Just as it did two
weeks ago, the Porter Town Council appointed Jeannine Virtue and Joe
Simanski to the Redevelopment Commission, only this time it counts.
The Council were
notified by Town Attorney Greg Sobkowski that the vote done by ballot at the
Jan. 12 meeting was not a valid way to make appointments since it wasn’t
disclosed how each Council member voted.
Frost, who was at the previous meeting instead of Sobkowski, said the board
could do a written vote if they wanted to, but it was overlooked that
Council members needed to sign their names to their ballots.
“As we found out,
we mistakenly used an improper method last time. We will now start fresh,”
Council President Greg Stinson told his fellow members.
In Tuesday’s vote,
Stinson voted for Virtue and Simanksi. Tim Conroy voted for Pomeroy and
Virtue. Erik Wagner voted for Virtue and Simanski. Ross LeBleu voted for
Pomeroy and Virtue. William Lopez voted for Simanski and Virtue.
“Now everyone knows
how we voted,” Stinson said.
and Pomeroy were all members of the RDC last year. Besides the two Council
appointments, the three presidential appoints are Lopez, Wagner and LeBleu.
In other old
business, Stinson named Cindy Rojas as the appointment to the Plan
Commission. She will be the member filling out Wagner’s term, who had to
step down when he joined the Council in January.
New signage coming
Also, the Council
agreed to a resolution for an interlocal agreement between communities for
the Northwest Indiana Regional Planning Commission’s Unified Trail
Wayfinding Guide. Federal aid will be received to install signage on the
bike trails that connect communities throughout Northwest Indiana.
The idea is to have
signs with the same design so users can easily follow the trail.
“There are plenty
of people who travel great distances on these trails,” Stinson commented.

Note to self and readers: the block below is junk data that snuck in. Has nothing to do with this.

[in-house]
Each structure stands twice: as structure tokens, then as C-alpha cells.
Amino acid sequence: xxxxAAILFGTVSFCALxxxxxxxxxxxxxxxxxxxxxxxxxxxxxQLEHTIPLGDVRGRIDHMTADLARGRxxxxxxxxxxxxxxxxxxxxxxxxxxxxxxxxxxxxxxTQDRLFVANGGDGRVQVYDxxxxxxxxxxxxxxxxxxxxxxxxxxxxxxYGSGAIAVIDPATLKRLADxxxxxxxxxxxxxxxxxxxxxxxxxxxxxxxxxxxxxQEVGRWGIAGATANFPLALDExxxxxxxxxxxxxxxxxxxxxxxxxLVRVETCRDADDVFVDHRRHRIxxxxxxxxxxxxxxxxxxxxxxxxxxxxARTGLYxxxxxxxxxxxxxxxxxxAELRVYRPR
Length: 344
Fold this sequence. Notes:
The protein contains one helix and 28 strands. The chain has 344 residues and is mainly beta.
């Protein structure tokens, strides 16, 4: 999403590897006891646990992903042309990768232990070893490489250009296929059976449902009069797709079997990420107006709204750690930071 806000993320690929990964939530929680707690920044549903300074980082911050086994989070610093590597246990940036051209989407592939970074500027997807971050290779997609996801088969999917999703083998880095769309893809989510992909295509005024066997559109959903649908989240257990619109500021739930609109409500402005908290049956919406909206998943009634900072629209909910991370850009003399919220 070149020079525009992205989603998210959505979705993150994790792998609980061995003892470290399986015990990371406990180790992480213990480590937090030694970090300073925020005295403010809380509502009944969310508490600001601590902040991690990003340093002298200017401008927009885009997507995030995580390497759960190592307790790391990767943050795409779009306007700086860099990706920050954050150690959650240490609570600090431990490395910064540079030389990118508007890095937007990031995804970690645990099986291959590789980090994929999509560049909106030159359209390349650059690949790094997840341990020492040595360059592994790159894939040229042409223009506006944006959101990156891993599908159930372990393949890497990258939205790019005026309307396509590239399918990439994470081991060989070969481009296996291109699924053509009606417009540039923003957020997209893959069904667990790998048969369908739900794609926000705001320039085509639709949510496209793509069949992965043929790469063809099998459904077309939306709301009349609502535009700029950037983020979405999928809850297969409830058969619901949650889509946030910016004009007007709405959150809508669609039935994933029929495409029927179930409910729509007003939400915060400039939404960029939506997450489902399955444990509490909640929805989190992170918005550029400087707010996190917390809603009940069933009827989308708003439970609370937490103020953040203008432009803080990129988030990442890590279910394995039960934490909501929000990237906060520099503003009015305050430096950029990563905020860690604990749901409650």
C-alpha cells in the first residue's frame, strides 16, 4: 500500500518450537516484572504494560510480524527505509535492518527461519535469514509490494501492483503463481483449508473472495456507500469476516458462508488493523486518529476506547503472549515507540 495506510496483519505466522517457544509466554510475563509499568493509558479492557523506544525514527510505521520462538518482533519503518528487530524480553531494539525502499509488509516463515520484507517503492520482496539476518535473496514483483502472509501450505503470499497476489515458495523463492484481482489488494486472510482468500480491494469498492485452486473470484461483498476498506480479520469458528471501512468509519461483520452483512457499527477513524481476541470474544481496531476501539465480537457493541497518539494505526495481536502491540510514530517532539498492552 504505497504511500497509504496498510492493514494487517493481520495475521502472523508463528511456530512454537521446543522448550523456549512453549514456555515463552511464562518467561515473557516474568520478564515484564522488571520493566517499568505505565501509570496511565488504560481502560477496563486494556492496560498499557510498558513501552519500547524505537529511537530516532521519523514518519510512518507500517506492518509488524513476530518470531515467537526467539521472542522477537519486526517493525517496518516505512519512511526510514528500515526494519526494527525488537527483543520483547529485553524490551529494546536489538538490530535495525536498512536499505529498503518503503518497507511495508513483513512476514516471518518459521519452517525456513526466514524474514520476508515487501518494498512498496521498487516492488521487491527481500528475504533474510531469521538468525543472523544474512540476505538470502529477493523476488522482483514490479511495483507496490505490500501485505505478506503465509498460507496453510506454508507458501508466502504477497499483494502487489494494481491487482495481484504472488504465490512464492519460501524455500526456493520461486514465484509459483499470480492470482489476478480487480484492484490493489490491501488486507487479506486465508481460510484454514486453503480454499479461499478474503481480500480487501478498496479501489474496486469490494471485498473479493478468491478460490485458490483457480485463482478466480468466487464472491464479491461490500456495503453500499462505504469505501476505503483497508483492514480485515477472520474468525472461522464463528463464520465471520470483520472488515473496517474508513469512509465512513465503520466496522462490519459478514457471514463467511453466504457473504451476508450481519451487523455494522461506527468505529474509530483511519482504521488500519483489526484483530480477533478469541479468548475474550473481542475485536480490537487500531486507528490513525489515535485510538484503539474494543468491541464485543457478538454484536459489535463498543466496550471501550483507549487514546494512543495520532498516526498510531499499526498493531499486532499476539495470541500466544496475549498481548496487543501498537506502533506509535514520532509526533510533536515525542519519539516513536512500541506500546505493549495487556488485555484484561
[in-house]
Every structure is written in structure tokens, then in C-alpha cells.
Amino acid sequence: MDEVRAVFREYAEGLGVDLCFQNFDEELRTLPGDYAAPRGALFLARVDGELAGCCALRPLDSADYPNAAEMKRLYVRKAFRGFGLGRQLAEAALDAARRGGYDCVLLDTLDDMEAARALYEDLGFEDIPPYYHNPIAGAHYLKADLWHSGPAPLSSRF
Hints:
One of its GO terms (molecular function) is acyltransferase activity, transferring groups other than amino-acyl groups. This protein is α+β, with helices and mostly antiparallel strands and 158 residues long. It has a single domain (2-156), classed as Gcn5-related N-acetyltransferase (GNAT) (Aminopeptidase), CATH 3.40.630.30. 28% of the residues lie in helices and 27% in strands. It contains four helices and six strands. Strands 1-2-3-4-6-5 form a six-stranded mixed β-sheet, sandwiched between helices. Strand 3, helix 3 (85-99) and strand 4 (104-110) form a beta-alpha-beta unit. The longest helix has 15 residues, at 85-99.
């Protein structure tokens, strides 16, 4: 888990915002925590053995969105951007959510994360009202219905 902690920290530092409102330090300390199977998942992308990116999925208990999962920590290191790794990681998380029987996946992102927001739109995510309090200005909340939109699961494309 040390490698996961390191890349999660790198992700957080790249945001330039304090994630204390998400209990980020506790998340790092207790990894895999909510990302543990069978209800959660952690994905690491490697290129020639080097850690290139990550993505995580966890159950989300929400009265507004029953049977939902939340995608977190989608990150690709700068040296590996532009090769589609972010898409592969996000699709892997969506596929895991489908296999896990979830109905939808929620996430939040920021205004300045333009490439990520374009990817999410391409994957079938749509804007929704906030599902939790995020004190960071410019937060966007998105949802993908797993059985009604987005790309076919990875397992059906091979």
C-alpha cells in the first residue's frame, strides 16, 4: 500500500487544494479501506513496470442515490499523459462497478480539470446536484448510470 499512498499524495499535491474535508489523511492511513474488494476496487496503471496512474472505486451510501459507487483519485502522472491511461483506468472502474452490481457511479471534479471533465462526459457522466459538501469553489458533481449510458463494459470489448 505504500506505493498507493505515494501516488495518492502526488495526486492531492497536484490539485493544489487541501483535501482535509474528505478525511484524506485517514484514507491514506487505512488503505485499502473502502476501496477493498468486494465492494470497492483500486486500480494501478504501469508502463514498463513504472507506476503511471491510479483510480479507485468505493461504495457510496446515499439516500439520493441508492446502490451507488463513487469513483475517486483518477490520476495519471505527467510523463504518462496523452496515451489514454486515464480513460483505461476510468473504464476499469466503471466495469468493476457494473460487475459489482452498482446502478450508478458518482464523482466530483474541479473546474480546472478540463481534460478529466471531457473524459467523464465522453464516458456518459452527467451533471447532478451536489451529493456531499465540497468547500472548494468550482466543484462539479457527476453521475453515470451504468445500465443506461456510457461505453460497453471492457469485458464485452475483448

Porter’s part of
the trail system is on the Prairie-Duneland Trail, which is connected to the
On a similar note,
the Council unanimously approved a local match of $10,000 for a $100,000
grant from the Highway Safety Improvement Program, coordinated through the
Indiana Department of Transportation.
The grant is for
design and implementation of signs, said Porter’s Director of Development
Michael Barry, replacing older signs that are no longer compliant with new
ones that are.
At its next
meeting, the Council will vote on a policy of when it is required to notify
the Indiana State Board of Accounts of any variances, irregularities,
shortages, losses or thefts in their accounts.
the materiality threshold be $100, but the Council has the power to set it
at a figure it deems appropriate.
The Council favored
$100 as the threshold and any two variances per month that add up to more
than $100 must also be reported.
Clerk-Treasurer Carol Pomeroy what her input on the policy should be, she
said “I don’t know. It’s never happened in the 12 years I’ve been here.”
states that the Town shall investigate any thefts or discrepancies and
“implement measures to prevent such incidences.”
St. Baldrick’s time
“We’re going bald
again!” Stinson said before adjourning the meeting. He has agreed to shave
his head again in April to raise money for the St. Baldrick’s Foundation
campaign for pediatric cancer research.
Stinson, who said
this will be his fourth year participating in the event, encouraged anyone
from the Town to join him in going under the clippers. Wagner said he plans
to join in.
The team will be in
sponsorship of resident Phoenix Bridegroom who was diagnosed with acute
lymphoblastic leukemia in 2011.
Stinson said he
aims for the team to raise $7,000 this year, optimistic they can top last
year’s total of a little more than $5,000.
He offered this bit
of advice to his colleagues, “Grow your hair out between now and April.
People are more likely to give you a donation if you need a haircut.”
36 years of service
Works Director Brenda Brueckheimer said Carl Copollo Jr. has set the record
of 36 years running as a town employee.
Copollo sitting in the audience that he is “the longest serving employee in